Without Wires

June 24, 2011
St. Joseph Health System signs a $1 million contract to implement wireless at three hospitals.  by Daphne Lawrence   In March, St. Joseph Health

St. Joseph Health System signs a $1 million contract to implement wireless at three hospitals.

by Daphne Lawrence

In March, St. Joseph Health System (Orange, Calif.), a 14-hospital network serving California, New Mexico and Texas signed a $1 million contract with Embee Technologies (Irvine, Calif.) for the installation and integration of a wireless network at three of its hospitals. The goal was to implement a wireless network with the quality to manage emerging requirements of new data and voice applications without putting any of the shared services at jeopardy.

A wireless system can encompass a variety of applications in healthcare. Anything that's wired is potentially wireless; going wireless can range from adding wireless access to some terminals and global platforms, to wireless patient tracking and monitoring, and even to medical devices throughout the hospital. Choosing a wireless system, though, takes careful planning.

The right fit

"I think it's all about having your vendor understand the 24/7 nature of healthcare and the potential impact on patient care. It can come right down to somebody's life," said Bill Lazarus, assistant vice president of architecture and security at St. Joseph. "If critical information cannot be transmitted or accessed, then wrong decisions can be made." Backup systems are important, and for medical equipment, redundancy is critical, he adds.

Bryan Bergeron, president of Archetype Technologies (and a member of the Healthcare Informatics editorial board), agrees that reliability is the biggest issue. "It doesn't so much matter if you're talking on the phone, but if you're sending patient information, you don't want that data to be lost."

St. Joseph had previously used Embee to deploy wireless at some of its other hospitals for an "advanced clinicals" initiative, an umbrella for CPOE, nursing documentation, e-medication administration and PACS, but on an older technology that didn't have as wide a bandwidth range. According to Lazarus, St. Joseph had the opportunity to do three hospitals at once on the newer technology. After doing an RFP, Lazarus says Embee won in terms of design, solution and pricing.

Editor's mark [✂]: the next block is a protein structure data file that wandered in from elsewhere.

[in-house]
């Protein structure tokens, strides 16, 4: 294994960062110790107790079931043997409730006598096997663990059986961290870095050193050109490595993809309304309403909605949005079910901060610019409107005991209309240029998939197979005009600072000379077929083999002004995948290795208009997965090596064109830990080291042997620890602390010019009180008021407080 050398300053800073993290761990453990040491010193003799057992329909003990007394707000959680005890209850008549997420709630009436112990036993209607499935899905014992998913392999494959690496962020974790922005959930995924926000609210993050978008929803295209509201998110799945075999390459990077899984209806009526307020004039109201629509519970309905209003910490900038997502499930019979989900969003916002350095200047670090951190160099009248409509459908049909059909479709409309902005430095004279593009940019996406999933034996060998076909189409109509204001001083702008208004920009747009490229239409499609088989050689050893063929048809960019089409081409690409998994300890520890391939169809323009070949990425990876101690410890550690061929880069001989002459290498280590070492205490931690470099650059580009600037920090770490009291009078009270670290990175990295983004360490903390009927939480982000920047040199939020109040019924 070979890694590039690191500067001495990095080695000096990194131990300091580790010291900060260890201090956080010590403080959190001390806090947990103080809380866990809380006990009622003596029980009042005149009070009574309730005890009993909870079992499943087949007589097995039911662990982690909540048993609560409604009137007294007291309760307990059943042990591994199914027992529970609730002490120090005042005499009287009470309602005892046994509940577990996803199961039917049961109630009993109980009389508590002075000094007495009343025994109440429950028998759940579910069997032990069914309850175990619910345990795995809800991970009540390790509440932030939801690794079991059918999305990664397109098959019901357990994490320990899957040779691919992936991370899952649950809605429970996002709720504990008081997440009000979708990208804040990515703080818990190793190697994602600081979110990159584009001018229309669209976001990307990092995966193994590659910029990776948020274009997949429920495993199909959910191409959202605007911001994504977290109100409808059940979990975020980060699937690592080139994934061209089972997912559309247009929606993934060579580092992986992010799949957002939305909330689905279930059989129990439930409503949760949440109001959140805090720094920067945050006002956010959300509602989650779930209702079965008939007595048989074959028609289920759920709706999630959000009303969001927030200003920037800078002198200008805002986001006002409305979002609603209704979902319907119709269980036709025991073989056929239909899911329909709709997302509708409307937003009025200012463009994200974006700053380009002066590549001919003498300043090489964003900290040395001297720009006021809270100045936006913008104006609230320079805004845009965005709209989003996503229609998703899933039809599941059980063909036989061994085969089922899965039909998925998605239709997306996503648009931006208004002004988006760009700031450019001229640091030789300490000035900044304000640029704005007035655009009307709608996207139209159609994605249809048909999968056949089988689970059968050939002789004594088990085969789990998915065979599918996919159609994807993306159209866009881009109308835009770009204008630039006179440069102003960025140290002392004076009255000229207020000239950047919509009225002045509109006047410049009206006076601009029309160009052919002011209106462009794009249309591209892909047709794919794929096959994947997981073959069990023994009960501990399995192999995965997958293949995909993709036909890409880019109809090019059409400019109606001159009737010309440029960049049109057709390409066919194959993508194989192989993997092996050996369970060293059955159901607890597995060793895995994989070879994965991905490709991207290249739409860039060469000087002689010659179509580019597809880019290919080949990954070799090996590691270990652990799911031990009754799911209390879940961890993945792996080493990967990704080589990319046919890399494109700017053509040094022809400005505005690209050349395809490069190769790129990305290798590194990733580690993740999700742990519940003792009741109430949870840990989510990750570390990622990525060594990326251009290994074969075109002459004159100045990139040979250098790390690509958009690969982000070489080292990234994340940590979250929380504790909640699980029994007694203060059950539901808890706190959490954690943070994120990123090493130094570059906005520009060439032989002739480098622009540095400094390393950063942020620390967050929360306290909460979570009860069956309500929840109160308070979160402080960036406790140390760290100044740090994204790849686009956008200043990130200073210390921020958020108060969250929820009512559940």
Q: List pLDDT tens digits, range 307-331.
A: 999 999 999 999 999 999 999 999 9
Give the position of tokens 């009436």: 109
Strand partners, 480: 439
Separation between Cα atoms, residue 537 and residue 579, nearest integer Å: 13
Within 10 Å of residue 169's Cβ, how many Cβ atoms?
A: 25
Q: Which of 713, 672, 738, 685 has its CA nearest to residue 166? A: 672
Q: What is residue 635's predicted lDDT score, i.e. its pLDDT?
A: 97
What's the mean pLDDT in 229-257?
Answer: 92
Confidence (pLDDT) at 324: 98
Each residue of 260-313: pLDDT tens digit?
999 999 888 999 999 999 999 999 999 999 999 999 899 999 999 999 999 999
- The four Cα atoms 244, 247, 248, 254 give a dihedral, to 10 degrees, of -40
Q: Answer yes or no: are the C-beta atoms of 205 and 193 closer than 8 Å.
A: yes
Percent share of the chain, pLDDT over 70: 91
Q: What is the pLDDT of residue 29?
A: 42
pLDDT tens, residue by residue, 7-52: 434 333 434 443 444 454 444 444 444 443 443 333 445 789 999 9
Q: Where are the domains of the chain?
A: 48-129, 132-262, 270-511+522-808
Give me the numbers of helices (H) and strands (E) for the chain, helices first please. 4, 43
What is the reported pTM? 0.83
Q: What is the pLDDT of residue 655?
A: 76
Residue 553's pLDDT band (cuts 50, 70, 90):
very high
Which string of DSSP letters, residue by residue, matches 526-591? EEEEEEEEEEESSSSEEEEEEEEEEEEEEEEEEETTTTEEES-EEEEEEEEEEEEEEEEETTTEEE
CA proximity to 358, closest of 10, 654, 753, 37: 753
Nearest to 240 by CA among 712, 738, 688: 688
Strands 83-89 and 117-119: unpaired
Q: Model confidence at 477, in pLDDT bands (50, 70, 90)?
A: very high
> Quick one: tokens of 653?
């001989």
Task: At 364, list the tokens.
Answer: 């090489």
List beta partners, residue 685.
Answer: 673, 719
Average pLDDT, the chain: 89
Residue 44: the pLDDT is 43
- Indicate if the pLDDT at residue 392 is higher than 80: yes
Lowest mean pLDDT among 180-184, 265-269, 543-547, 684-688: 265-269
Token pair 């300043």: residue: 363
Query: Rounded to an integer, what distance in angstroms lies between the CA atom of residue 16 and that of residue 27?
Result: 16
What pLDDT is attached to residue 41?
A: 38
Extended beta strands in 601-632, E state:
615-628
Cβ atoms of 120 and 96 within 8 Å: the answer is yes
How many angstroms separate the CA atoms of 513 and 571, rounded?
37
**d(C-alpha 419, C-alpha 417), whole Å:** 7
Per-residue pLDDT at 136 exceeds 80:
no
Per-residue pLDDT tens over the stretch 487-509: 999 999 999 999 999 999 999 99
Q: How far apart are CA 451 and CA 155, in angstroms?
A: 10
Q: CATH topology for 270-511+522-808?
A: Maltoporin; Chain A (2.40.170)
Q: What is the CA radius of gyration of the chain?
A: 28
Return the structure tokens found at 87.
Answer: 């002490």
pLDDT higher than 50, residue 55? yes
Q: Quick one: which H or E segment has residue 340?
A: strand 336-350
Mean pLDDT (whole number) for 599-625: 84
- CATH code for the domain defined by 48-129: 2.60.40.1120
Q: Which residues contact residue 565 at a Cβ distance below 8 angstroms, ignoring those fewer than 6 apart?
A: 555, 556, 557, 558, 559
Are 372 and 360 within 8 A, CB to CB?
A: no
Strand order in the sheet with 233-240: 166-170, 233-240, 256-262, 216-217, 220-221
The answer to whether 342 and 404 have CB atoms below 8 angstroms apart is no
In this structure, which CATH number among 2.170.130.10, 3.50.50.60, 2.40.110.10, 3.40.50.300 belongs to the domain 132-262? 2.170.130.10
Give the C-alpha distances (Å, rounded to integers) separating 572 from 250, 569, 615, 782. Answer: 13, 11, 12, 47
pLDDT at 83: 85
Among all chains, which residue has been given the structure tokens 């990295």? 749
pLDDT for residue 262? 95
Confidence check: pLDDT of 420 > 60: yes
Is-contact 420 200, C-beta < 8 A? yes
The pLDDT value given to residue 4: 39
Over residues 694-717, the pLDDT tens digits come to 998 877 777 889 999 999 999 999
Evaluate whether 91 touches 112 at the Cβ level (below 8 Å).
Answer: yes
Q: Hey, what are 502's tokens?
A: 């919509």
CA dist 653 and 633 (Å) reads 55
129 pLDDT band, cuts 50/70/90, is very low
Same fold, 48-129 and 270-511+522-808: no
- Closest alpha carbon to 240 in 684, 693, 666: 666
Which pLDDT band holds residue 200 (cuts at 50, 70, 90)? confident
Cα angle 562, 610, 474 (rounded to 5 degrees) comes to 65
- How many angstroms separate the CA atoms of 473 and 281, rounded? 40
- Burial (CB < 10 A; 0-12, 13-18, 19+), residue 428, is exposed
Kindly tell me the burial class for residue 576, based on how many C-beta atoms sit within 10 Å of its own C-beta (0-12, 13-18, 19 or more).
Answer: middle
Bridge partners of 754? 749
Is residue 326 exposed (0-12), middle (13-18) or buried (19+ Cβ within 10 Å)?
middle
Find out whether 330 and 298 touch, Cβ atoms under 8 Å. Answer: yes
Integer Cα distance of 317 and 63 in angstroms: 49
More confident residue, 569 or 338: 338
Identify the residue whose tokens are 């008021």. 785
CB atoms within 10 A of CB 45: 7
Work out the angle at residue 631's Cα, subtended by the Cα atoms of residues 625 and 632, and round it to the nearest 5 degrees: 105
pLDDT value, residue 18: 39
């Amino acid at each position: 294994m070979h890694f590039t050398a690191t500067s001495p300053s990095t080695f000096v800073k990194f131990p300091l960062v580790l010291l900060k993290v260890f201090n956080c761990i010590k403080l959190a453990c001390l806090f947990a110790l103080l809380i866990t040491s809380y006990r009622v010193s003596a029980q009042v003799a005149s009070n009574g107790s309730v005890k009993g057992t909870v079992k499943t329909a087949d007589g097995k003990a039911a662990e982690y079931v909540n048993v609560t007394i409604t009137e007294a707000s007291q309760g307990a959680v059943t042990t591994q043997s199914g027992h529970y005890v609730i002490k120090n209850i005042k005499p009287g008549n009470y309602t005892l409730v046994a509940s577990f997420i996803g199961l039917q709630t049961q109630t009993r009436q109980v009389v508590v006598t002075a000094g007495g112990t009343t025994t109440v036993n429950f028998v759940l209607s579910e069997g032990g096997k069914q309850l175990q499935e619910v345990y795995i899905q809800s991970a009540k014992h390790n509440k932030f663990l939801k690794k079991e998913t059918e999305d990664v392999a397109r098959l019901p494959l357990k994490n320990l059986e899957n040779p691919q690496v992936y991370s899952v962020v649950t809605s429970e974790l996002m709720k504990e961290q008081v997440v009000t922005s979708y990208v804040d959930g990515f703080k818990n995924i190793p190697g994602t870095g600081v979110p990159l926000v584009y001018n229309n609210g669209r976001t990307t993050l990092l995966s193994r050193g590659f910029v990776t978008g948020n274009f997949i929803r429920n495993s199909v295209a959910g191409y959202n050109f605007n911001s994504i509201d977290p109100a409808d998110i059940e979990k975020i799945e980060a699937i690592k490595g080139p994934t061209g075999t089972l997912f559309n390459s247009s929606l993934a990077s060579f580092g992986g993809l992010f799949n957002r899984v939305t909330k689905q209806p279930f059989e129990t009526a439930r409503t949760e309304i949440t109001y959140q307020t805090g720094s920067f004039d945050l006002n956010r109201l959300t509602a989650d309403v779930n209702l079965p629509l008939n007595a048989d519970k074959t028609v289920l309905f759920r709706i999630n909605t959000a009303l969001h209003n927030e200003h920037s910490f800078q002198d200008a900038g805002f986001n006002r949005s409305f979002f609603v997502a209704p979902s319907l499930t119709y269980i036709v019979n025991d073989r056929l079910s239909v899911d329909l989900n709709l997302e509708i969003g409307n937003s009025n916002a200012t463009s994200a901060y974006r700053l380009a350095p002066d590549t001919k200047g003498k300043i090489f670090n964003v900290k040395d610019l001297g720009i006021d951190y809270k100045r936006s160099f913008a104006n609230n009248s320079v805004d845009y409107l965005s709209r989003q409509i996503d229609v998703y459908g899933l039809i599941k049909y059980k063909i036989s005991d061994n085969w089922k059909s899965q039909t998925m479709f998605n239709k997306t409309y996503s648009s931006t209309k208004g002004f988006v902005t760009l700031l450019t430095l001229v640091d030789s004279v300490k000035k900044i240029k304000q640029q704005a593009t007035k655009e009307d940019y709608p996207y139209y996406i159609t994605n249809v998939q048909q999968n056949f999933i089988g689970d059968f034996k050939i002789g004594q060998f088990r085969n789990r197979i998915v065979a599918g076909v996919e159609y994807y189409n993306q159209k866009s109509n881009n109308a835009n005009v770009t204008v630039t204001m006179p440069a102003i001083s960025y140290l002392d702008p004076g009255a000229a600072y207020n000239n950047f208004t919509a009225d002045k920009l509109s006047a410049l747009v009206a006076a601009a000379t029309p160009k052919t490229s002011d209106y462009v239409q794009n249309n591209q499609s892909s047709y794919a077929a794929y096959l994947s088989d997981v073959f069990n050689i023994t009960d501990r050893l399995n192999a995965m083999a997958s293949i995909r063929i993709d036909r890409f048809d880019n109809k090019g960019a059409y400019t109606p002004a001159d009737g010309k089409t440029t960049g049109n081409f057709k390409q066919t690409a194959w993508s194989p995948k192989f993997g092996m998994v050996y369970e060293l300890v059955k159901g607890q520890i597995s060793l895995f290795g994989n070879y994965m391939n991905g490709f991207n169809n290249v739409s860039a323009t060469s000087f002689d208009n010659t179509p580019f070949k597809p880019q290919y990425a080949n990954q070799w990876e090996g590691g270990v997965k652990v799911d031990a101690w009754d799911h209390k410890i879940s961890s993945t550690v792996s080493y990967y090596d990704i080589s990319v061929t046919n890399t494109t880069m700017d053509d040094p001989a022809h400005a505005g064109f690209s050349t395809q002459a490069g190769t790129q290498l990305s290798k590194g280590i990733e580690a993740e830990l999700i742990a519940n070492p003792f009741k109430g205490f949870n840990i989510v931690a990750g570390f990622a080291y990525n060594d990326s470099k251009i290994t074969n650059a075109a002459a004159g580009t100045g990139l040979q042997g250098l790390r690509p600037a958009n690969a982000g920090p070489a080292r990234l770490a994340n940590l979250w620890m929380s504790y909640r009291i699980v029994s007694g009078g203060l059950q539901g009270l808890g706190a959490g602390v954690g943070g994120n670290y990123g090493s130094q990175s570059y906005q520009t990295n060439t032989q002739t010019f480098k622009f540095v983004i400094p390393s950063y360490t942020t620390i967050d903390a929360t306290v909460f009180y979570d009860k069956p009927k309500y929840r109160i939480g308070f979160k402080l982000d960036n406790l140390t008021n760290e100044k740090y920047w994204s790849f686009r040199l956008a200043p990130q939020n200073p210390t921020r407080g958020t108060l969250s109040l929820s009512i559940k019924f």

"We had the opportunity to do three hospitals at once on the newer technology, so we went to an RFP. Embee was successful in terms of design, solution and pricing."

Bergeron says there's an advantage to using a single vendor. "It may not be the best fit, but there's one point of contact so it's easy to manage. If you go with best of breed or a niche system, you have an integration issue, so you'll either need to have that expertise in-house or hire a vendor."

St. Joseph's wanted a system that provided the densest possible coverage to support as many devices and clients as possible.

"We did that initial needs assessment," said Lazarus," then Embee did a more specific design."

St. Joseph's did its own internal needs assessment, determining maximum concurrent device usage within a nursing unit and identifying the types of users and devices, including carts on wheels, tablet devices and wireless telephones. The hospital focused on an indoor wireless LAN to run applications, including patient record information, voice over IP's using wireless phones, and wireless medical equipment like IP (insulin) pumps. The design included future applications like location awareness and asset tracking.

According to Luke Slymen, president of Embee, it's more than just the software and the hardware. "The design and the process are integral parts to the success of the implementation," he says. "That means using the right antennas, the right enclosures, and that the network can support it with the fault tolerance and redundancy a hospital needs."

Embee is training the St. Joseph's IT staff to manage the system, while providing escalated support if needed. Lazarus had budgeted for all the technology infrastructure within the clinical areas. "I had a comprehensive budget with component pieces. Wireless across the three sites was probably about $1.25 million," he says.